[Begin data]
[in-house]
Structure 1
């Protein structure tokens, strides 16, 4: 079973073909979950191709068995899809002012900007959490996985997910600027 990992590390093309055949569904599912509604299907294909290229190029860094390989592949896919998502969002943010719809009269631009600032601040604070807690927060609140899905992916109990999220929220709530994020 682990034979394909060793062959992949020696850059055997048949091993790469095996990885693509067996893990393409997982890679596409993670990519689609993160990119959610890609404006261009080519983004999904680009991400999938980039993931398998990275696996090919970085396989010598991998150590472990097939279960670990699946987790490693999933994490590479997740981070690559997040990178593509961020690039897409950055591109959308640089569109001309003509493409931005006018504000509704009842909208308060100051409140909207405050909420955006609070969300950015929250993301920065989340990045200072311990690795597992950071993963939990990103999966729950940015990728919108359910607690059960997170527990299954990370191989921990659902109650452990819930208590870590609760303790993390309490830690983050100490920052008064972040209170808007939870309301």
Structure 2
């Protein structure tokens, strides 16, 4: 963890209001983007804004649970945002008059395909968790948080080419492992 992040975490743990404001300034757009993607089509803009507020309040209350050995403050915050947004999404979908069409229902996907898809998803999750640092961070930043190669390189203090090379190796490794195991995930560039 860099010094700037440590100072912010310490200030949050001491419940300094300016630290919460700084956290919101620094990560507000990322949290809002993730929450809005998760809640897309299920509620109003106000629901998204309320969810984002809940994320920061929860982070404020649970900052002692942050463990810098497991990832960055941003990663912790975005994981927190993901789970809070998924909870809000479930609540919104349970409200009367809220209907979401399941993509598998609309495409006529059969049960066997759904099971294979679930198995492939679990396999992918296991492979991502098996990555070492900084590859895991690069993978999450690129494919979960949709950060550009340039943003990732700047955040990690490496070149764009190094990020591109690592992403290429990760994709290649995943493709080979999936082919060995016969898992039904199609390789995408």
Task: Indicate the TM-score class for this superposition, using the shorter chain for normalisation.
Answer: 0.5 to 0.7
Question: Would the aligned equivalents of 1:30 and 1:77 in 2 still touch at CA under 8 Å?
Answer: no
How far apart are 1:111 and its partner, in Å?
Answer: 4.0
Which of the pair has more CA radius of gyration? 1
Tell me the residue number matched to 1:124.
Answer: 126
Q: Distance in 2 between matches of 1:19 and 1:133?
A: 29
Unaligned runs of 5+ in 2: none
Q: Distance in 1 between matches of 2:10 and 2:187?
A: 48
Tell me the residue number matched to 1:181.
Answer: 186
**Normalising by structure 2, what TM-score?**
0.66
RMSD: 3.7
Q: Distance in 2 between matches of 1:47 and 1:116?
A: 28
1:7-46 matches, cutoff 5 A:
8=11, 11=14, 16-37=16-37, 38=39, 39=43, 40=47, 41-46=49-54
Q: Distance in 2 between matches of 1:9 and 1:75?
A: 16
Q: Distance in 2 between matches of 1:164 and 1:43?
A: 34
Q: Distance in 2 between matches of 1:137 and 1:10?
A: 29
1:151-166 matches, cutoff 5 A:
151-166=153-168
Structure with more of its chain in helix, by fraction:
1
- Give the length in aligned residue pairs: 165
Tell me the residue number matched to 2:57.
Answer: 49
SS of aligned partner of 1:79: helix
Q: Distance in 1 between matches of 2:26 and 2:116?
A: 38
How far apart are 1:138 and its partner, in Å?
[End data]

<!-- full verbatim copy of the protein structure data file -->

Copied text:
[in-house]
Structure 1
């Protein structure tokens, strides 16, 4: 079973073909979950191709068995899809002012900007959490996985997910600027 990992590390093309055949569904599912509604299907294909290229190029860094390989592949896919998502969002943010719809009269631009600032601040604070807690927060609140899905992916109990999220929220709530994020 682990034979394909060793062959992949020696850059055997048949091993790469095996990885693509067996893990393409997982890679596409993670990519689609993160990119959610890609404006261009080519983004999904680009991400999938980039993931398998990275696996090919970085396989010598991998150590472990097939279960670990699946987790490693999933994490590479997740981070690559997040990178593509961020690039897409950055591109959308640089569109001309003509493409931005006018504000509704009842909208308060100051409140909207405050909420955006609070969300950015929250993301920065989340990045200072311990690795597992950071993963939990990103999966729950940015990728919108359910607690059960997170527990299954990370191989921990659902109650452990819930208590870590609760303790993390309490830690983050100490920052008064972040209170808007939870309301």
Structure 2
């Protein structure tokens, strides 16, 4: 963890209001983007804004649970945002008059395909968790948080080419492992 992040975490743990404001300034757009993607089509803009507020309040209350050995403050915050947004999404979908069409229902996907898809998803999750640092961070930043190669390189203090090379190796490794195991995930560039 860099010094700037440590100072912010310490200030949050001491419940300094300016630290919460700084956290919101620094990560507000990322949290809002993730929450809005998760809640897309299920509620109003106000629901998204309320969810984002809940994320920061929860982070404020649970900052002692942050463990810098497991990832960055941003990663912790975005994981927190993901789970809070998924909870809000479930609540919104349970409200009367809220209907979401399941993509598998609309495409006529059969049960066997759904099971294979679930198995492939679990396999992918296991492979991502098996990555070492900084590859895991690069993978999450690129494919979960949709950060550009340039943003990732700047955040990690490496070149764009190094990020591109690592992403290429990760994709290649995943493709080979999936082919060995016969898992039904199609390789995408």
Task: Indicate the TM-score class for this superposition, using the shorter chain for normalisation.
Answer: 0.5 to 0.7
Question: Would the aligned equivalents of 1:30 and 1:77 in 2 still touch at CA under 8 Å?
Answer: no
How far apart are 1:111 and its partner, in Å?
Answer: 4.0
Which of the pair has more CA radius of gyration? 1
Tell me the residue number matched to 1:124.
Answer: 126
Q: Distance in 2 between matches of 1:19 and 1:133?
A: 29
Unaligned runs of 5+ in 2: none
Q: Distance in 1 between matches of 2:10 and 2:187?
A: 48
Tell me the residue number matched to 1:181.
Answer: 186
**Normalising by structure 2, what TM-score?**
0.66
RMSD: 3.7
Q: Distance in 2 between matches of 1:47 and 1:116?
A: 28
1:7-46 matches, cutoff 5 A:
8=11, 11=14, 16-37=16-37, 38=39, 39=43, 40=47, 41-46=49-54
Q: Distance in 2 between matches of 1:9 and 1:75?
A: 16
Q: Distance in 2 between matches of 1:164 and 1:43?
A: 34
Q: Distance in 2 between matches of 1:137 and 1:10?
A: 29
1:151-166 matches, cutoff 5 A:
151-166=153-168
Structure with more of its chain in helix, by fraction:
1
- Give the length in aligned residue pairs: 165
Tell me the residue number matched to 2:57.
Answer: 49
SS of aligned partner of 1:79: helix
Q: Distance in 1 between matches of 2:26 and 2:116?
A: 38
How far apart are 1:138 and its partner, in Å?